JACKSONVILLE, Fla. – Former Jacksonville public defender Matt Shirk’s conditional guilty plea filed last month with the Florida Supreme Court was rejected.
Shirk had agreed to plead guilty to violating several rules of the Florida Bar -- including the Rules of Professional Conduct, violation of the oath taken by a lawyer to support the constitutions of the US and Florida, providing competent representation to a client and others -- in exchange for a six-month suspension from practicing law.
The suspension would have taken effect 30 days from the date of the final order, but the Supreme Court said it considered the conditional plea for consent judgment and rejected it.
“The Florida Bar is hereby directed to prepare and file a formal complaint against Matt Shirk,” the Court wrote.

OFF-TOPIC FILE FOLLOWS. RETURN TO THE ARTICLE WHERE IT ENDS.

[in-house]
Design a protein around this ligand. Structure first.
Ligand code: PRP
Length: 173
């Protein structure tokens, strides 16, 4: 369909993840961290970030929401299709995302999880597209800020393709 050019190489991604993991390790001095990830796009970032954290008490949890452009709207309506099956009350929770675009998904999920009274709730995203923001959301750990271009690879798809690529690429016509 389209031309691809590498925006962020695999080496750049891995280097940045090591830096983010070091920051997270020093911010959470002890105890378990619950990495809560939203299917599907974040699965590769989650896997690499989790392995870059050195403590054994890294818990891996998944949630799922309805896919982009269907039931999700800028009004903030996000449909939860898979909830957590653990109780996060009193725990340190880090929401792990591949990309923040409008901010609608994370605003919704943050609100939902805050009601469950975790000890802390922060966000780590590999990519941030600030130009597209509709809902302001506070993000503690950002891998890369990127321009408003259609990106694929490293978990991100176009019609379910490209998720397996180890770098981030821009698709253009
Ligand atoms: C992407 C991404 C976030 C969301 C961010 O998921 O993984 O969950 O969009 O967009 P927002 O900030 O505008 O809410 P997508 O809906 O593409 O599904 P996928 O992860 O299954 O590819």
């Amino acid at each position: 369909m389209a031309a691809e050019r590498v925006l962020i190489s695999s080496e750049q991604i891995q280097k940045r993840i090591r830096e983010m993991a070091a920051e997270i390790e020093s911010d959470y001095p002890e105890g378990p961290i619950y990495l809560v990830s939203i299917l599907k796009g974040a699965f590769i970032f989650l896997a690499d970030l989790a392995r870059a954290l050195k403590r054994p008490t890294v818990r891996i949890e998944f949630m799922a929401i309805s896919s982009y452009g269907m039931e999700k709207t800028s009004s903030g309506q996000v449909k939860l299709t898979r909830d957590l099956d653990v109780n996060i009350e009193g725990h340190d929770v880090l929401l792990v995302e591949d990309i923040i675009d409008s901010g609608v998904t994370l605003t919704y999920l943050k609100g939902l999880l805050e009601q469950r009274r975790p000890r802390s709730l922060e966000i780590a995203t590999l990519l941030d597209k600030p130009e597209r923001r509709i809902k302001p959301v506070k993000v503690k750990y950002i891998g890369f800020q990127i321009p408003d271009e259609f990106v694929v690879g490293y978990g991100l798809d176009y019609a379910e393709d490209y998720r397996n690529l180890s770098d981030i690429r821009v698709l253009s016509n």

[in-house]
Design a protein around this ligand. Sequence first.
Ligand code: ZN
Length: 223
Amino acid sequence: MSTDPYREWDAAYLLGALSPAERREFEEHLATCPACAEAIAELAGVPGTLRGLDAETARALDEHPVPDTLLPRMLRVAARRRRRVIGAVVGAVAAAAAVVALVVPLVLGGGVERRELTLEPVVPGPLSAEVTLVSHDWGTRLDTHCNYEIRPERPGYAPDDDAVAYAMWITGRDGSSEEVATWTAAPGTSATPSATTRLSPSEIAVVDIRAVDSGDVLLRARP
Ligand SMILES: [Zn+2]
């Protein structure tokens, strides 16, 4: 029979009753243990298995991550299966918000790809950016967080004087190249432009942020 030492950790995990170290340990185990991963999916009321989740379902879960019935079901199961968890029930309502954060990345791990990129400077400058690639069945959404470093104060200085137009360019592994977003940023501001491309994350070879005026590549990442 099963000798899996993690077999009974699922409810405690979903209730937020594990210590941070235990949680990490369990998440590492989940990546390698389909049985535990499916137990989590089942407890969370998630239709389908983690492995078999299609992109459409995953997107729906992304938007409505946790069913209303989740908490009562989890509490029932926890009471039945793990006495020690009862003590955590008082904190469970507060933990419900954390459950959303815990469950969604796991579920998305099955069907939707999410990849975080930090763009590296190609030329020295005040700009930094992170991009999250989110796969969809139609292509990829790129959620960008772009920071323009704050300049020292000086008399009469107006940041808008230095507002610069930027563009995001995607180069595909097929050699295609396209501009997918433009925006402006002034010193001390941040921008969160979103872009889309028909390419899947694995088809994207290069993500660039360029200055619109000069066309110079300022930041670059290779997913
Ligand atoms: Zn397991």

The issues stem from Shirk’s time as a public defender in Jacksonville from 2009-2017.
A grand jury investigation into his actions in office eventually got sent to the Florida Commission on Ethics, which led to public censure, reprimand and a $6,000 civil penalty.
The ethics commission found he violated statutes by hiring or directing the hiring of three young women in a way that went outside normal hiring practices, then fired them for the sake of himself, his wife and their marriage.
It also found he violated state statute by serving or consuming alcoholic beverages in a city building, and by revealing information relating to the representation of a former child client through an interview he gave to a documentary crew.
According to the conditional guilty plea, Shirk’s misconduct was “due, in part, to personal or emotional problems” and that he’s “deeply remorseful for his unprofessional behavior while serving as Public Defender.”